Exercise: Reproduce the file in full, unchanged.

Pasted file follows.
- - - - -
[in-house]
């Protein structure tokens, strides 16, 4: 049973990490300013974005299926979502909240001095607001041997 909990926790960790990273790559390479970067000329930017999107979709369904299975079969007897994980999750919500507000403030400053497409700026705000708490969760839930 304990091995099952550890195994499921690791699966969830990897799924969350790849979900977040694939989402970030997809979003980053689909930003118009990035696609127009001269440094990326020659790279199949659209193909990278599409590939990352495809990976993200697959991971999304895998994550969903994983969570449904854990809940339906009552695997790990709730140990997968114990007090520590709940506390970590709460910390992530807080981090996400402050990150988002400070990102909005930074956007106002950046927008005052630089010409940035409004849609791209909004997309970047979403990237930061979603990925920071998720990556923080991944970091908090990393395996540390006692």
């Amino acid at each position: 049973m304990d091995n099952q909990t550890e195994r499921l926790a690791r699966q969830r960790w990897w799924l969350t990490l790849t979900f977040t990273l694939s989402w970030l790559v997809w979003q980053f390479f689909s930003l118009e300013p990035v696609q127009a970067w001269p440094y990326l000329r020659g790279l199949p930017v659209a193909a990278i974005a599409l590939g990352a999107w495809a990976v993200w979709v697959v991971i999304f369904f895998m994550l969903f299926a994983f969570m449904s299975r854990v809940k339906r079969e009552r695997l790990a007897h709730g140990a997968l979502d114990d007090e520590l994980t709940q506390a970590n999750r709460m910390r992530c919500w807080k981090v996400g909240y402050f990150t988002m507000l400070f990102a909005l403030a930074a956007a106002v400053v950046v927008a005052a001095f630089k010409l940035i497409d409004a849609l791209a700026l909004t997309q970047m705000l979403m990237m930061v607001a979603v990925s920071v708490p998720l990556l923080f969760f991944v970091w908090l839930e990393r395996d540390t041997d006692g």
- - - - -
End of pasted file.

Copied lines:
[in-house]
């Protein structure tokens, strides 16, 4: 049973990490300013974005299926979502909240001095607001041997 909990926790960790990273790559390479970067000329930017999107979709369904299975079969007897994980999750919500507000403030400053497409700026705000708490969760839930 304990091995099952550890195994499921690791699966969830990897799924969350790849979900977040694939989402970030997809979003980053689909930003118009990035696609127009001269440094990326020659790279199949659209193909990278599409590939990352495809990976993200697959991971999304895998994550969903994983969570449904854990809940339906009552695997790990709730140990997968114990007090520590709940506390970590709460910390992530807080981090996400402050990150988002400070990102909005930074956007106002950046927008005052630089010409940035409004849609791209909004997309970047979403990237930061979603990925920071998720990556923080991944970091908090990393395996540390006692």
């Amino acid at each position: 049973m304990d091995n099952q909990t550890e195994r499921l926790a690791r699966q969830r960790w990897w799924l969350t990490l790849t979900f977040t990273l694939s989402w970030l790559v997809w979003q980053f390479f689909s930003l118009e300013p990035v696609q127009a970067w001269p440094y990326l000329r020659g790279l199949p930017v659209a193909a990278i974005a599409l590939g990352a999107w495809a990976v993200w979709v697959v991971i999304f369904f895998m994550l969903f299926a994983f969570m449904s299975r854990v809940k339906r079969e009552r695997l790990a007897h709730g140990a997968l979502d114990d007090e520590l994980t709940q506390a970590n999750r709460m910390r992530c919500w807080k981090v996400g909240y402050f990150t988002m507000l400070f990102a909005l403030a930074a956007a106002v400053v950046v927008a005052a001095f630089k010409l940035i497409d409004a849609l791209a700026l909004t997309q970047m705000l979403m990237m930061v607001a979603v990925s920071v708490p998720l990556l923080f969760f991944v970091w908090l839930e990393r395996d540390t041997d006692g």